'Fathers, Leaders, Kings': episcopacy and episcopal reform in the seventeenth-century French School
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Forrestal, Alison. (2002). ‘Fathers, Leaders, Kings’: Episcopacy and Episcopal Reform in the Seventeenth-Century French School. The Seventeenth Century, 17(1), 24-47. doi: 10.1080/0268117X.2002.10555498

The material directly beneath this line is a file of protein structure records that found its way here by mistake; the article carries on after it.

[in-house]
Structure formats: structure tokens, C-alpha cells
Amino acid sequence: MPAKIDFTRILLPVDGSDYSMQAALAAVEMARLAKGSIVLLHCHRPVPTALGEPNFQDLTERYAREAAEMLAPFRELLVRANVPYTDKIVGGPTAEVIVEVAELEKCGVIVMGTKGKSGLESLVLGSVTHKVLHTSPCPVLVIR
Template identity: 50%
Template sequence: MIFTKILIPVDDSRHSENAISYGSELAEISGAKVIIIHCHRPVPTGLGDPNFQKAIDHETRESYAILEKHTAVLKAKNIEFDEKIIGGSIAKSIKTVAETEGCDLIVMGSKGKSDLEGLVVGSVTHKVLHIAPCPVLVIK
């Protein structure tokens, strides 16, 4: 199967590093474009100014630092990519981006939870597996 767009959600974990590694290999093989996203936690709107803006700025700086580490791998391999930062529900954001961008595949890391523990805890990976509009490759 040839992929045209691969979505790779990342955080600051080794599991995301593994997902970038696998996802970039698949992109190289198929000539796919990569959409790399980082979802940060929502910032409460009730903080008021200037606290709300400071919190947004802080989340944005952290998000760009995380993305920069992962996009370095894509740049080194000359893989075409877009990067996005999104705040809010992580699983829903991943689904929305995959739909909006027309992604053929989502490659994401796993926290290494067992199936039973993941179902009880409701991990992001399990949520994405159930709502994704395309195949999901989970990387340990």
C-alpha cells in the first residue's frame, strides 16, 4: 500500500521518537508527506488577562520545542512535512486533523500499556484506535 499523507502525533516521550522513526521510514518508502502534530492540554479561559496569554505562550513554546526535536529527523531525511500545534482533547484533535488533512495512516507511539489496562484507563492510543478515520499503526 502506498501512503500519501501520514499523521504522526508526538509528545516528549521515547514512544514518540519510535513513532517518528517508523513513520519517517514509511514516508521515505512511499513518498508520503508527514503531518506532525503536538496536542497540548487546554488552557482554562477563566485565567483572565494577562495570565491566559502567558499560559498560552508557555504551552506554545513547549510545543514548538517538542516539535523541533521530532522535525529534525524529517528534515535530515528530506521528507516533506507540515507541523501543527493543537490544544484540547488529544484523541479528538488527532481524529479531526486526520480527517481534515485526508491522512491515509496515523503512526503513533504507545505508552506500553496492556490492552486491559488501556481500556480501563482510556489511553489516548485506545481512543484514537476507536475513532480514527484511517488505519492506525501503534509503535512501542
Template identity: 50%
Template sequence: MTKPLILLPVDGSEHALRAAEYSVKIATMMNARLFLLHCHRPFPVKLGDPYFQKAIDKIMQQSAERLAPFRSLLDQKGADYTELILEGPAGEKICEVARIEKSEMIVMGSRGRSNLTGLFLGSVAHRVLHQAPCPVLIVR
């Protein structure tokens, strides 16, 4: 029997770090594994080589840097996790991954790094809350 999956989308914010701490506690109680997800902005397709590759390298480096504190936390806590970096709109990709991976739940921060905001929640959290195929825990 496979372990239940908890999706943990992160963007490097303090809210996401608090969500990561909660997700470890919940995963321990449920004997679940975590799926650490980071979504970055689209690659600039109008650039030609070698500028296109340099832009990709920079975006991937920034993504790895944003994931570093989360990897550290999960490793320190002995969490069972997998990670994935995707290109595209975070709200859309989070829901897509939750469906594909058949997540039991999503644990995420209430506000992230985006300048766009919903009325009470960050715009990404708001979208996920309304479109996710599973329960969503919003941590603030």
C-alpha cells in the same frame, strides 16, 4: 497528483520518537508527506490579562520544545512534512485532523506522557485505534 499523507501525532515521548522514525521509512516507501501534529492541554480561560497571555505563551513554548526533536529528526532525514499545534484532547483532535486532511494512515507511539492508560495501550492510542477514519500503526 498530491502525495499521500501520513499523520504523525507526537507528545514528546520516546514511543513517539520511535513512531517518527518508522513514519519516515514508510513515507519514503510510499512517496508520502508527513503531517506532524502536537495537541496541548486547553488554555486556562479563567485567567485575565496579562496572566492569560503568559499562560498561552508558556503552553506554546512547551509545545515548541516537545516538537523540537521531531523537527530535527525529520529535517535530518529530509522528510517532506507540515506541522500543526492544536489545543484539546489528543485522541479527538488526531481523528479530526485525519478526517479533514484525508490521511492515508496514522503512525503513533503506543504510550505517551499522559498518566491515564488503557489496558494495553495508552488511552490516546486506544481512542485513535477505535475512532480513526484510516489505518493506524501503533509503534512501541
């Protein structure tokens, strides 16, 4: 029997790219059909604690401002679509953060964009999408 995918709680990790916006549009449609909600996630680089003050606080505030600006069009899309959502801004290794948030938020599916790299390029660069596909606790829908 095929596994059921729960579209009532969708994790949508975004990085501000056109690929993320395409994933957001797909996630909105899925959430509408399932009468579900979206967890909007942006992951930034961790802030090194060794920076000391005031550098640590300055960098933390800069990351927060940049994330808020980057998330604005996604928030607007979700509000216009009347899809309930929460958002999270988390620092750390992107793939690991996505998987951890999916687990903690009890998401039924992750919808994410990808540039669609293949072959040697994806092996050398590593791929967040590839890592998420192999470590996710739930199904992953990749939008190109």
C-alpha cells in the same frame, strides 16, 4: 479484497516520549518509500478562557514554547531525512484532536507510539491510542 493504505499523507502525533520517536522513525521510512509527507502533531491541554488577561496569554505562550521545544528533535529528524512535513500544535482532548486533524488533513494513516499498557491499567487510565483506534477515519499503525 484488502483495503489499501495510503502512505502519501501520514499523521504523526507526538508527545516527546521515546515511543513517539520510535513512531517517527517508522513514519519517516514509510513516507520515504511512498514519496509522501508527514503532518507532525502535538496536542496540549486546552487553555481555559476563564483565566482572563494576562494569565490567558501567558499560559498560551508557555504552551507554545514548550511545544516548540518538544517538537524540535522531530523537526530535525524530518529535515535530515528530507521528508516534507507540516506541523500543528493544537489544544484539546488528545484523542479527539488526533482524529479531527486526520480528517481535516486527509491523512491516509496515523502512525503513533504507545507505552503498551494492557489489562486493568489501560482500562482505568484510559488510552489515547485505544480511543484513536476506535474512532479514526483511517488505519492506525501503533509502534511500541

In their drive to ‘sanctify’ the clergy, seventeenth-century French clerical reformers developed highly sophisticated and influential theologies of both priesthood and episcopacy. This article traces the development of the French school’s theology of episcopacy by exploring the thought of two of its leading representatives, Pierre de Bérulle and Jean-Jacques Olier. These provided the most original contributions on episcopacy, and their ideas were transmitted through the work of other leading clergy, such as Vincent de Paul and Louis Tronson. The article also summarises the efforts of all of these reformers to implement their vision of episcopacy. Through instructive correspondence and publications as well as through interventions in appointments, all sought, with some success, to mould bishops that personified their episcopal ideal.